Cabbies protest congestion pricing fee they now have to charge; it’s killing business, and drivers, they say

MIDTOWN, Manhattan -- It's a proposal that would affect almost every driver in New York City starting in 2021, if it passes the state legislature this year.

However, congestion pricing -- the plan that would charge drivers for driving in the southern third of Manhattan's streets -- has already been in effect for yellow and green cab drivers since February 2.

Many of the drivers say that the added cost is ruining their business. On Wednesday, dozens of cab drivers held a mobile, and very loud, protest against the surcharge outside of Gov. Andrew Cuomo's office.

A few dozen cabs taped protest signs to their vehicles, and drove around city blocks near the governor's office on Third Avenue and 41st Street on Thursday afternoon. As they passed, they honked their horns incessantly, and chanted anti-surcharge slogans along with other protesters, who were on the sidewalk.

They all said that the $2.50 surcharge, which is charged to passengers in addition to other base charges at the beginning of each ride, is killing business, and killing them, literally.

"One of my brothers, he bought a medallion [for] $700,000, [that] he couldn't pay to the bank," said cab driver Richard Chow, about his deceased brother, Yu Mein "Kenny" Chow. "He committed suicide in May."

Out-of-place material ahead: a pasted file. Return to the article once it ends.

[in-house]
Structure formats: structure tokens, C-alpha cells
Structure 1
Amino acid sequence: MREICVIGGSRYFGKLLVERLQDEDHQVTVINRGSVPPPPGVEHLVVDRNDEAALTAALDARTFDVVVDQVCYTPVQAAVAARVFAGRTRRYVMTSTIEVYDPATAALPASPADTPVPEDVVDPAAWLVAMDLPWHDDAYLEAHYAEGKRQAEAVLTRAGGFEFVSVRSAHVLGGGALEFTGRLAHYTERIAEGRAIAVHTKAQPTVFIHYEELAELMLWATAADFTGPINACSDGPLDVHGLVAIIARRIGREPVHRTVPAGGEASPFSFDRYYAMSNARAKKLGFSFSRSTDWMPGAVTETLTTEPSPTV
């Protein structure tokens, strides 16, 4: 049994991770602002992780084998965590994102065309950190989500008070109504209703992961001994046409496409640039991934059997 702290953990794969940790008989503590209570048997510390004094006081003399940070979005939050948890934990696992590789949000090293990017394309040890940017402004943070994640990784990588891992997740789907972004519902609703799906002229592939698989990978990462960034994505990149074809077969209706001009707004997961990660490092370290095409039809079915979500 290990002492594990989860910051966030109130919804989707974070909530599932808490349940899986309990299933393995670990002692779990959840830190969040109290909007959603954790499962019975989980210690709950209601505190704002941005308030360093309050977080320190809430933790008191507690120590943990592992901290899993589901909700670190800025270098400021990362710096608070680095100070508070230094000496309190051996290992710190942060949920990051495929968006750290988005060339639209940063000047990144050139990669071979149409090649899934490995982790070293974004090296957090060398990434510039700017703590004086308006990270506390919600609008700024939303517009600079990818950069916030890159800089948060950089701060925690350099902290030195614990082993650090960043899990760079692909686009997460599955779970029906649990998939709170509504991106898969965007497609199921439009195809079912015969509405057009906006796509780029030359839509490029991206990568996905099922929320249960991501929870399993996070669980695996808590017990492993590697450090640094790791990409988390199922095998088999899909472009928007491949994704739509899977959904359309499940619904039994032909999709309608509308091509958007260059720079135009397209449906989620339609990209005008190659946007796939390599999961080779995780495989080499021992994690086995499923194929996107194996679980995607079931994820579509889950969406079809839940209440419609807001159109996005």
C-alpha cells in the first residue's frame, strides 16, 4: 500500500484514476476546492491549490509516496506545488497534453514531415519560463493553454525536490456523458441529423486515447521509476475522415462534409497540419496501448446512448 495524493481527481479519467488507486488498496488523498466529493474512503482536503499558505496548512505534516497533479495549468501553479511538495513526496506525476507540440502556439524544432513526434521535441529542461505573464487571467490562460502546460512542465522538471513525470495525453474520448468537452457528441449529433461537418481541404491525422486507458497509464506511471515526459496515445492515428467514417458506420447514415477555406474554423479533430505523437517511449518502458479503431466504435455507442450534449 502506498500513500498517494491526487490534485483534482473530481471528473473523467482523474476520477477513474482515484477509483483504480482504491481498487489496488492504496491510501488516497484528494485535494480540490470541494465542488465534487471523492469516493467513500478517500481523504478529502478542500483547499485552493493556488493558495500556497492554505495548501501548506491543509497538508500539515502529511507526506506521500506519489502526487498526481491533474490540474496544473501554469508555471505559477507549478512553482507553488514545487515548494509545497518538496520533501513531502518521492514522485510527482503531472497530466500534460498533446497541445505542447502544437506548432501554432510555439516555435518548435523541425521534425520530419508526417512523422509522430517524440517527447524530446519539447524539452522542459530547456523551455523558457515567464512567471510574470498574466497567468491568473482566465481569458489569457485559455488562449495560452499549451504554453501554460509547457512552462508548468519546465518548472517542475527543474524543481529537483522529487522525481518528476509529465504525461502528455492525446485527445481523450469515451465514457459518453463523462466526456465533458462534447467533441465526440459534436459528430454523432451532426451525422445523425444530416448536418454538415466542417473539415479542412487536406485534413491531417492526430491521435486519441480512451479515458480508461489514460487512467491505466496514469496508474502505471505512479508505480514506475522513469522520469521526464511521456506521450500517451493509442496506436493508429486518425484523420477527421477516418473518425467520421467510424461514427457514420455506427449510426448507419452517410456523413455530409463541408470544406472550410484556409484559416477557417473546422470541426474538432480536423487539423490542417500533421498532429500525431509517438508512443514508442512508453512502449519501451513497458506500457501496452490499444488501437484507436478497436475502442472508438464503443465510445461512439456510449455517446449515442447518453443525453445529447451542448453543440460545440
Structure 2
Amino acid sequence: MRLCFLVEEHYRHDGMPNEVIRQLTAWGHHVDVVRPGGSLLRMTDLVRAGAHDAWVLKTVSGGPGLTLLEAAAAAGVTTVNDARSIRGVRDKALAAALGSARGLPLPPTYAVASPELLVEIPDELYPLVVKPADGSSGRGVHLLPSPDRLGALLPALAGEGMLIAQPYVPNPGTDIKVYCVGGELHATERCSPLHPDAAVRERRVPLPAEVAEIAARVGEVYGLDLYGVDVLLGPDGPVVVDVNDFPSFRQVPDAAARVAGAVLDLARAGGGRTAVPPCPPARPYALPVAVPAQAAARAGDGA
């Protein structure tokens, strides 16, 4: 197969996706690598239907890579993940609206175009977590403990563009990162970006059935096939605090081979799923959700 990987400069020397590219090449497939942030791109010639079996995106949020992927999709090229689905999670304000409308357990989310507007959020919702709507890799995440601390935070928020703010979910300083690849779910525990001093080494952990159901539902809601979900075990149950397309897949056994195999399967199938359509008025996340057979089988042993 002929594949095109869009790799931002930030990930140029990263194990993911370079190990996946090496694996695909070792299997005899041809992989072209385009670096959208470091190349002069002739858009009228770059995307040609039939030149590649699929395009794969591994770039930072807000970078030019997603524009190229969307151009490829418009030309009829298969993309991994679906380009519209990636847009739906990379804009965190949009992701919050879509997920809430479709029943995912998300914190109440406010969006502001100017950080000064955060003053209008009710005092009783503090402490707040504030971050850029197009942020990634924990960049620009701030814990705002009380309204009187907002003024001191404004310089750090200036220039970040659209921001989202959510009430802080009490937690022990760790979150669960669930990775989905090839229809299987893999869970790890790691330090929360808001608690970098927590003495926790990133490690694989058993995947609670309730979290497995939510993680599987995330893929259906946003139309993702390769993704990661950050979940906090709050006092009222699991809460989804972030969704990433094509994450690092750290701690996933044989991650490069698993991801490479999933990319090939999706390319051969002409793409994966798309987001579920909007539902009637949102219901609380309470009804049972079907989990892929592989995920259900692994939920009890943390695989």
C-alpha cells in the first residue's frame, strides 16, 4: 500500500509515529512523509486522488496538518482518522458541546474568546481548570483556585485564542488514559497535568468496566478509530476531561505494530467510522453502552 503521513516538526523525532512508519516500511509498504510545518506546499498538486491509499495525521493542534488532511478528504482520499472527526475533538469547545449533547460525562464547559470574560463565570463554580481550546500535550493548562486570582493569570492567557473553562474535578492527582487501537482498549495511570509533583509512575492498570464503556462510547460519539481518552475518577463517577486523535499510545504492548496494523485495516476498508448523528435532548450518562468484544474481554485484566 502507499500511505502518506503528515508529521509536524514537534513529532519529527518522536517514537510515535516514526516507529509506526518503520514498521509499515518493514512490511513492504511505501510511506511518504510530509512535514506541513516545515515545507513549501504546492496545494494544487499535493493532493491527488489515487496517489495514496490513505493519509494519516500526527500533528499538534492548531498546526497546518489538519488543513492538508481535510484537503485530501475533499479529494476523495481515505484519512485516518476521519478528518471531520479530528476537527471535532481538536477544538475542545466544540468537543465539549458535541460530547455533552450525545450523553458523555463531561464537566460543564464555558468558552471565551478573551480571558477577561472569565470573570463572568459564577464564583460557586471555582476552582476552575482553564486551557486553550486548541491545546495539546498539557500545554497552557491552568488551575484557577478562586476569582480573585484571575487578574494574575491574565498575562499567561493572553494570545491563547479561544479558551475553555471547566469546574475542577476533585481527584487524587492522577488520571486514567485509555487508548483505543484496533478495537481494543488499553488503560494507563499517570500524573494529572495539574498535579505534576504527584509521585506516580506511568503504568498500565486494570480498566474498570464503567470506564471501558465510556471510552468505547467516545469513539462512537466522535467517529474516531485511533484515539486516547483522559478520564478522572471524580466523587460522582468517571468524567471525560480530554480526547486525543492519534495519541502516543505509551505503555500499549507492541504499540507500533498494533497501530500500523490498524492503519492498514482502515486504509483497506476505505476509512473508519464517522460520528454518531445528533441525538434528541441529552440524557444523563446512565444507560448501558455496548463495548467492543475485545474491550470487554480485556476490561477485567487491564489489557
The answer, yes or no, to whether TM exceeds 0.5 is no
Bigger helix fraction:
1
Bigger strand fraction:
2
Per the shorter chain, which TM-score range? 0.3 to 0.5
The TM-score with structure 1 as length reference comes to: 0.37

A medallion is a metal plate displayed on the hood of a cab to show that it has city approval to operate. Each medallion costs six figures, but as recently as 10 years ago, they sold for $1 million a piece. There are now so many for-hire cars, such as Uber and Lyft, on New York City streets that medallions have significantly lost their value. Some drivers are able to get one for as low as $175,000.

Drivers also said that the congestion surcharge, which is designed to raise money for public transit improvements, is reducing the number of customers the taxis can attract.

"In rush hour, I pick up only one fare, two fares, that's it," said one driver who only gave his last name, Tong. "I lose a lot of business."

He was among the dozens honking their horns and yelling slogans outside of the governor's office. They said that they want their voices heard in Albany by the legislature, as well as by Gov. Cuomo.

"We wanted to remind our governor," said Bharavi Desai, president of the Taxi Drivers' Alliance, an advocacy group, "that behind each wheel is a person that is struggling, and we need an exemption" to the surcharge.

Her organization is endorsing a hike in taxes on higher income sources that it says are untaxed or under taxed. Desai said that taxes on hedge fund managers' incomes could raise $3 billion yearly for public transport, for example.

Wednesday's protest is the first of a series. Two more are planned for later this month.

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